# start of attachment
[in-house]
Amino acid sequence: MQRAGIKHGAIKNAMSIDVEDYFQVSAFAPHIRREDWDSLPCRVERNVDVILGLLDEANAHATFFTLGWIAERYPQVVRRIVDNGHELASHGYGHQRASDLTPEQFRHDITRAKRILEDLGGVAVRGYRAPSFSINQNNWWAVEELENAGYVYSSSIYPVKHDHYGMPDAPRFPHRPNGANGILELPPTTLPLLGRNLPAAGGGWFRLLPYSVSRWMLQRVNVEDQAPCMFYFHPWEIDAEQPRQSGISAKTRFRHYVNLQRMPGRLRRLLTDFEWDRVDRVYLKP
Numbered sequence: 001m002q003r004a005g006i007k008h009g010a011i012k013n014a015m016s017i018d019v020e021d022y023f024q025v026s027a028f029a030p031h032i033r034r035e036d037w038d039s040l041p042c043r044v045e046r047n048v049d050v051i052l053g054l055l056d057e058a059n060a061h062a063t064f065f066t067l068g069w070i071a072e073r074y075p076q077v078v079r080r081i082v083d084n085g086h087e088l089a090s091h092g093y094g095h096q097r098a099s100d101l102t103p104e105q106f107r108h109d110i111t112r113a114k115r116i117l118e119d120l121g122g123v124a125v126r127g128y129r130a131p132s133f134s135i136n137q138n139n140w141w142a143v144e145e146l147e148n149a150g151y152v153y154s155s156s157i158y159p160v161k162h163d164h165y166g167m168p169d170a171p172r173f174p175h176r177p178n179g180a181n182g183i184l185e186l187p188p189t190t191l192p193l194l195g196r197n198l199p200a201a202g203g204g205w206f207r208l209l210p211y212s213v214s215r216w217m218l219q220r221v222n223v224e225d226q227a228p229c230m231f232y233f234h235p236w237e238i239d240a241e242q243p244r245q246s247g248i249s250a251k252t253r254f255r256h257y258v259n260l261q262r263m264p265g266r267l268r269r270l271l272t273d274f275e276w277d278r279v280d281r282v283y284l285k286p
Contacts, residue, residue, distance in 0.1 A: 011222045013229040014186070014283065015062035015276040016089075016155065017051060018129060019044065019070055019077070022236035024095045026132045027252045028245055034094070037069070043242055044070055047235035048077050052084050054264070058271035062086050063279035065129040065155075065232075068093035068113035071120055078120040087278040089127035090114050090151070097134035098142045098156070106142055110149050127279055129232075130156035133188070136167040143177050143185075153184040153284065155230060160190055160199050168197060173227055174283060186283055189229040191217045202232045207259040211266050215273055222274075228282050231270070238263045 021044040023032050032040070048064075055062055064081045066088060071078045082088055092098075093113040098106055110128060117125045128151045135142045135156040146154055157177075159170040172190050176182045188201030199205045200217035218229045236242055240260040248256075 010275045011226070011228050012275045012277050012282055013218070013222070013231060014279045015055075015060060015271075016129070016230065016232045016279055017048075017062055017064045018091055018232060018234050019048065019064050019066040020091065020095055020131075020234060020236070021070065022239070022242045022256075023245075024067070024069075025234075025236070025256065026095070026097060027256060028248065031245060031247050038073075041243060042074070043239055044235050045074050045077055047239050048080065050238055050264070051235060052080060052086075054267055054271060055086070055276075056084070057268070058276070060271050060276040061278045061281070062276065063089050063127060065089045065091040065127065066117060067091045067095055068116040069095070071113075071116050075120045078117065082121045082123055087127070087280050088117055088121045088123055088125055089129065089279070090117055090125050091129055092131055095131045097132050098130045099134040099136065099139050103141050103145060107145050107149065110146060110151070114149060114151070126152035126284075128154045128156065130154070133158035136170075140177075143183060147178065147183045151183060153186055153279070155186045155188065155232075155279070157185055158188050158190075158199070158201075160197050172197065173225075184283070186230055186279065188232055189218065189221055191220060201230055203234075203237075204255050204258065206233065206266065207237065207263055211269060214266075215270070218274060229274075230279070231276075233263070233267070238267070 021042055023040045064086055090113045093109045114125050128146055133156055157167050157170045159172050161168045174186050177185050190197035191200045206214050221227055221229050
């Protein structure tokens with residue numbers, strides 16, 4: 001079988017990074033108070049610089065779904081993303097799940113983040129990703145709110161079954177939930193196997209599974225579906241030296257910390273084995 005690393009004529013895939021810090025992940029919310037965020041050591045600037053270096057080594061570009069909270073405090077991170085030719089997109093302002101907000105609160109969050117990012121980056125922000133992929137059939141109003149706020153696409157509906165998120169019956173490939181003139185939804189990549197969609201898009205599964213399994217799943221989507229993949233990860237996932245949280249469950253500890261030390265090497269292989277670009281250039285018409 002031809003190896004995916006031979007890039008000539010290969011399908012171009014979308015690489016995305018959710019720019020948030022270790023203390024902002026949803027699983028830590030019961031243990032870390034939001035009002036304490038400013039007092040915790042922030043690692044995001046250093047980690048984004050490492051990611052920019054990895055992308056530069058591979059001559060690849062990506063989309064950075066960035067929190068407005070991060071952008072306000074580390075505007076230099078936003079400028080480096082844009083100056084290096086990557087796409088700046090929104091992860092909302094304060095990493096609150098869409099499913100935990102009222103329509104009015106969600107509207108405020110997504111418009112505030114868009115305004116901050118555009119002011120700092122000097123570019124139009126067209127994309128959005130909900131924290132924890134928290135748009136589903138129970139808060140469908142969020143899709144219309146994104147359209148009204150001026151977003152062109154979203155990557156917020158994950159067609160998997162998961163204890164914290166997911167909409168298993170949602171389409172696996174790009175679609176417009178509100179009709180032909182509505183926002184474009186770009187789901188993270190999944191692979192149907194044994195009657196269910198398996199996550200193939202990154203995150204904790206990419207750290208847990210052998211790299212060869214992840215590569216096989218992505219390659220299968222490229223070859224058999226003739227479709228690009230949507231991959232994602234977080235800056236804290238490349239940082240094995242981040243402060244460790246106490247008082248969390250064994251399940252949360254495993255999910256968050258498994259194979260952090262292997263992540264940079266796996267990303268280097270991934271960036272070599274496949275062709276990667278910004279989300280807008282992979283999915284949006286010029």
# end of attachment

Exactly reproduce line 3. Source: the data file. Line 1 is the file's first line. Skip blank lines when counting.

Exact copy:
Numbered sequence: 001m002q003r004a005g006i007k008h009g010a011i012k013n014a015m016s017i018d019v020e021d022y023f024q025v026s027a028f029a030p031h032i033r034r035e036d037w038d039s040l041p042c043r044v045e046r047n048v049d050v051i052l053g054l055l056d057e058a059n060a061h062a063t064f065f066t067l068g069w070i071a072e073r074y075p076q077v078v079r080r081i082v083d084n085g086h087e088l089a090s091h092g093y094g095h096q097r098a099s100d101l102t103p104e105q106f107r108h109d110i111t112r113a114k115r116i117l118e119d120l121g122g123v124a125v126r127g128y129r130a131p132s133f134s135i136n137q138n139n140w141w142a143v144e145e146l147e148n149a150g151y152v153y154s155s156s157i158y159p160v161k162h163d164h165y166g167m168p169d170a171p172r173f174p175h176r177p178n179g180a181n182g183i184l185e186l187p188p189t190t191l192p193l194l195g196r197n198l199p200a201a202g203g204g205w206f207r208l209l210p211y212s213v214s215r216w217m218l219q220r221v222n223v224e225d226q227a228p229c230m231f232y233f234h235p236w237e238i239d240a241e242q243p244r245q246s247g248i249s250a251k252t253r254f255r256h257y258v259n260l261q262r263m264p265g266r267l268r269r270l271l272t273d274f275e276w277d278r279v280d281r282v283y284l285k286p